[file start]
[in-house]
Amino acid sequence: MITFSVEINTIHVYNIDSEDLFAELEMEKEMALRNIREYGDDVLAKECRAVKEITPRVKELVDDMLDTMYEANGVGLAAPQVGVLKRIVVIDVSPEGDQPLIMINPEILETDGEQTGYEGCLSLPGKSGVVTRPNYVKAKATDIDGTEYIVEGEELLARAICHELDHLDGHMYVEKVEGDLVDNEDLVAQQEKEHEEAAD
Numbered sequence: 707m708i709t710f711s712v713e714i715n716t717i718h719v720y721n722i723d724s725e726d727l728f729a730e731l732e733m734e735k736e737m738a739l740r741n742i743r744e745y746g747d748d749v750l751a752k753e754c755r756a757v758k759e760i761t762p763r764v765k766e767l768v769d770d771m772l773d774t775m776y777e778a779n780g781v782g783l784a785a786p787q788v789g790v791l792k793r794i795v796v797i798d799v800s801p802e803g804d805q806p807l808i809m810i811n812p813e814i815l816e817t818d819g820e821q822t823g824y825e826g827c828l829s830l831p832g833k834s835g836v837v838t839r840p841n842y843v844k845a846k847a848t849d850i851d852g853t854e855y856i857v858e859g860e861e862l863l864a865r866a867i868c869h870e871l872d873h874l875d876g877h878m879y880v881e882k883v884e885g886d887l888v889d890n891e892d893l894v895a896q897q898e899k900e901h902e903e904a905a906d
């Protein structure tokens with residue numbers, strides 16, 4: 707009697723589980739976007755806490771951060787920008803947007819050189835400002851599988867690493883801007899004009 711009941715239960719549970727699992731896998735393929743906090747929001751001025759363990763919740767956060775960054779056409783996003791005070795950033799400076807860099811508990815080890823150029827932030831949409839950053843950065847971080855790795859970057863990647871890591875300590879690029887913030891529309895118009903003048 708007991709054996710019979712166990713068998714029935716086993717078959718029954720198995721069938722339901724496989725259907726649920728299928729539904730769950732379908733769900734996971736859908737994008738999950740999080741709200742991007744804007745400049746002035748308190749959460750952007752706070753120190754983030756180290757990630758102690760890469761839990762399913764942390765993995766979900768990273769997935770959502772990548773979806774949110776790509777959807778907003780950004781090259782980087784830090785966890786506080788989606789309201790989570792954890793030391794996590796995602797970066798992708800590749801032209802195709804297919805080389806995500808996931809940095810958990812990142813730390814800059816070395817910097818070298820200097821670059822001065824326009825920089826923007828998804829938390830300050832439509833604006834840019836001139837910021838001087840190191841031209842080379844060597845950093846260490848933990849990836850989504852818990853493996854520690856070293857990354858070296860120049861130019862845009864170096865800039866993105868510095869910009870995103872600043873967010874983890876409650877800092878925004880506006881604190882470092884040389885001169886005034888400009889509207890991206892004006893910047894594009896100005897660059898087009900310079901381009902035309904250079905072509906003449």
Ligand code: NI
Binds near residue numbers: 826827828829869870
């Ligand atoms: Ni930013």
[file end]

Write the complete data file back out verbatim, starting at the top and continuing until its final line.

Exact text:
[in-house]
Amino acid sequence: MITFSVEINTIHVYNIDSEDLFAELEMEKEMALRNIREYGDDVLAKECRAVKEITPRVKELVDDMLDTMYEANGVGLAAPQVGVLKRIVVIDVSPEGDQPLIMINPEILETDGEQTGYEGCLSLPGKSGVVTRPNYVKAKATDIDGTEYIVEGEELLARAICHELDHLDGHMYVEKVEGDLVDNEDLVAQQEKEHEEAAD
Numbered sequence: 707m708i709t710f711s712v713e714i715n716t717i718h719v720y721n722i723d724s725e726d727l728f729a730e731l732e733m734e735k736e737m738a739l740r741n742i743r744e745y746g747d748d749v750l751a752k753e754c755r756a757v758k759e760i761t762p763r764v765k766e767l768v769d770d771m772l773d774t775m776y777e778a779n780g781v782g783l784a785a786p787q788v789g790v791l792k793r794i795v796v797i798d799v800s801p802e803g804d805q806p807l808i809m810i811n812p813e814i815l816e817t818d819g820e821q822t823g824y825e826g827c828l829s830l831p832g833k834s835g836v837v838t839r840p841n842y843v844k845a846k847a848t849d850i851d852g853t854e855y856i857v858e859g860e861e862l863l864a865r866a867i868c869h870e871l872d873h874l875d876g877h878m879y880v881e882k883v884e885g886d887l888v889d890n891e892d893l894v895a896q897q898e899k900e901h902e903e904a905a906d
């Protein structure tokens with residue numbers, strides 16, 4: 707009697723589980739976007755806490771951060787920008803947007819050189835400002851599988867690493883801007899004009 711009941715239960719549970727699992731896998735393929743906090747929001751001025759363990763919740767956060775960054779056409783996003791005070795950033799400076807860099811508990815080890823150029827932030831949409839950053843950065847971080855790795859970057863990647871890591875300590879690029887913030891529309895118009903003048 708007991709054996710019979712166990713068998714029935716086993717078959718029954720198995721069938722339901724496989725259907726649920728299928729539904730769950732379908733769900734996971736859908737994008738999950740999080741709200742991007744804007745400049746002035748308190749959460750952007752706070753120190754983030756180290757990630758102690760890469761839990762399913764942390765993995766979900768990273769997935770959502772990548773979806774949110776790509777959807778907003780950004781090259782980087784830090785966890786506080788989606789309201790989570792954890793030391794996590796995602797970066798992708800590749801032209802195709804297919805080389806995500808996931809940095810958990812990142813730390814800059816070395817910097818070298820200097821670059822001065824326009825920089826923007828998804829938390830300050832439509833604006834840019836001139837910021838001087840190191841031209842080379844060597845950093846260490848933990849990836850989504852818990853493996854520690856070293857990354858070296860120049861130019862845009864170096865800039866993105868510095869910009870995103872600043873967010874983890876409650877800092878925004880506006881604190882470092884040389885001169886005034888400009889509207890991206892004006893910047894594009896100005897660059898087009900310079901381009902035309904250079905072509906003449």
Ligand code: NI
Binds near residue numbers: 826827828829869870
């Ligand atoms: Ni930013």